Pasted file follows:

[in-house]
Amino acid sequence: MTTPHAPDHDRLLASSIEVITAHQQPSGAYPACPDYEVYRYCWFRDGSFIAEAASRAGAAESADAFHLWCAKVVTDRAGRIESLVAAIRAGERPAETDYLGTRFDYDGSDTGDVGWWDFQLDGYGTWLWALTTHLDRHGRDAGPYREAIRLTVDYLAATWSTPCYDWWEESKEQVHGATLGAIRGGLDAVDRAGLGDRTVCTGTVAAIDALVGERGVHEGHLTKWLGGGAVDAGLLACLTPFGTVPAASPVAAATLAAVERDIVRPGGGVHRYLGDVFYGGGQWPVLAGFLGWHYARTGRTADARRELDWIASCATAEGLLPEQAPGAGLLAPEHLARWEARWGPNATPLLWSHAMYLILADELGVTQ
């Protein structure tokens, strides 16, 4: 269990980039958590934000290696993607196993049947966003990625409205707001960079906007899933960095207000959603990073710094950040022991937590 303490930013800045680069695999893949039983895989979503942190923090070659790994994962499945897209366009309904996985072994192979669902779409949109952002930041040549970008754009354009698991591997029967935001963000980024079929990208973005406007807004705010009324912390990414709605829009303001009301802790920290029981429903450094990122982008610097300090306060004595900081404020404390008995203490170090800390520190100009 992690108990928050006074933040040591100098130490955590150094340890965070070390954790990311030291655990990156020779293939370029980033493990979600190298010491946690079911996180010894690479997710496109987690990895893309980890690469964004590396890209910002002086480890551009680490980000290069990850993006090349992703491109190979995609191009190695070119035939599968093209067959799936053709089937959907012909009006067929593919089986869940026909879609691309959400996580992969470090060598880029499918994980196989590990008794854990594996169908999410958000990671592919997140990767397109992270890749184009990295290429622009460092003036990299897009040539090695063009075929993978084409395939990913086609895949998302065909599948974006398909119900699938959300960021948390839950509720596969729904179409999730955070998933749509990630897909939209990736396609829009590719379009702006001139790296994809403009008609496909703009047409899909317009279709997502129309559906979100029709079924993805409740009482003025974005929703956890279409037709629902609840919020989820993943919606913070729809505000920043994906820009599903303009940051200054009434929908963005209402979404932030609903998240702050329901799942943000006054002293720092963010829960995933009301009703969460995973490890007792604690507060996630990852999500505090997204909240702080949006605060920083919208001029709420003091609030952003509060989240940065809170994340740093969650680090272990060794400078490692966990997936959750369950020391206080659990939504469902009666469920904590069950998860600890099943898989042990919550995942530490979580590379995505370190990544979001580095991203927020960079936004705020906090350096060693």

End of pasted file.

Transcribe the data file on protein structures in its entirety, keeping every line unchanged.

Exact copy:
[in-house]
Amino acid sequence: MTTPHAPDHDRLLASSIEVITAHQQPSGAYPACPDYEVYRYCWFRDGSFIAEAASRAGAAESADAFHLWCAKVVTDRAGRIESLVAAIRAGERPAETDYLGTRFDYDGSDTGDVGWWDFQLDGYGTWLWALTTHLDRHGRDAGPYREAIRLTVDYLAATWSTPCYDWWEESKEQVHGATLGAIRGGLDAVDRAGLGDRTVCTGTVAAIDALVGERGVHEGHLTKWLGGGAVDAGLLACLTPFGTVPAASPVAAATLAAVERDIVRPGGGVHRYLGDVFYGGGQWPVLAGFLGWHYARTGRTADARRELDWIASCATAEGLLPEQAPGAGLLAPEHLARWEARWGPNATPLLWSHAMYLILADELGVTQ
């Protein structure tokens, strides 16, 4: 269990980039958590934000290696993607196993049947966003990625409205707001960079906007899933960095207000959603990073710094950040022991937590 303490930013800045680069695999893949039983895989979503942190923090070659790994994962499945897209366009309904996985072994192979669902779409949109952002930041040549970008754009354009698991591997029967935001963000980024079929990208973005406007807004705010009324912390990414709605829009303001009301802790920290029981429903450094990122982008610097300090306060004595900081404020404390008995203490170090800390520190100009 992690108990928050006074933040040591100098130490955590150094340890965070070390954790990311030291655990990156020779293939370029980033493990979600190298010491946690079911996180010894690479997710496109987690990895893309980890690469964004590396890209910002002086480890551009680490980000290069990850993006090349992703491109190979995609191009190695070119035939599968093209067959799936053709089937959907012909009006067929593919089986869940026909879609691309959400996580992969470090060598880029499918994980196989590990008794854990594996169908999410958000990671592919997140990767397109992270890749184009990295290429622009460092003036990299897009040539090695063009075929993978084409395939990913086609895949998302065909599948974006398909119900699938959300960021948390839950509720596969729904179409999730955070998933749509990630897909939209990736396609829009590719379009702006001139790296994809403009008609496909703009047409899909317009279709997502129309559906979100029709079924993805409740009482003025974005929703956890279409037709629902609840919020989820993943919606913070729809505000920043994906820009599903303009940051200054009434929908963005209402979404932030609903998240702050329901799942943000006054002293720092963010829960995933009301009703969460995973490890007792604690507060996630990852999500505090997204909240702080949006605060920083919208001029709420003091609030952003509060989240940065809170994340740093969650680090272990060794400078490692966990997936959750369950020391206080659990939504469902009666469920904590069950998860600890099943898989042990919550995942530490979580590379995505370190990544979001580095991203927020960079936004705020906090350096060693």